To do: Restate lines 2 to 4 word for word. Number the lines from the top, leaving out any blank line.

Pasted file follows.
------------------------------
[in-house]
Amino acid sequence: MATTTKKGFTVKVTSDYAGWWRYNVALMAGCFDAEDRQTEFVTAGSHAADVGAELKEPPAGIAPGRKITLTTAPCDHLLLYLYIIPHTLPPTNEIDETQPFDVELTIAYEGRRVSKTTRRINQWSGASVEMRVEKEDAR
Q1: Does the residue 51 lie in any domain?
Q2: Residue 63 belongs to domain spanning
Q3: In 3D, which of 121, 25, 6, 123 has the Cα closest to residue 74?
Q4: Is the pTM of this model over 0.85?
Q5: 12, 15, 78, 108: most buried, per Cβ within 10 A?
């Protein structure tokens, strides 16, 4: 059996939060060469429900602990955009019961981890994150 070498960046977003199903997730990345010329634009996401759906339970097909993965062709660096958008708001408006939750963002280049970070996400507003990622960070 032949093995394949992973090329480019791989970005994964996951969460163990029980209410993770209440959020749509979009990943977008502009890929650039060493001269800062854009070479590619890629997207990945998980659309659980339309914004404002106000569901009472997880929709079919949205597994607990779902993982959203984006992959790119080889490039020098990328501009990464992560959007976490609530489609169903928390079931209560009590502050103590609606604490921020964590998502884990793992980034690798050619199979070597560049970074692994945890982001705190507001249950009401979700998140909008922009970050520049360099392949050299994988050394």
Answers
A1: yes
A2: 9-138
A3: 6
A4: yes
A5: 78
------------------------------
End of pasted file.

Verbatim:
Amino acid sequence: MATTTKKGFTVKVTSDYAGWWRYNVALMAGCFDAEDRQTEFVTAGSHAADVGAELKEPPAGIAPGRKITLTTAPCDHLLLYLYIIPHTLPPTNEIDETQPFDVELTIAYEGRRVSKTTRRINQWSGASVEMRVEKEDAR
Q1: Does the residue 51 lie in any domain?
Q2: Residue 63 belongs to domain spanning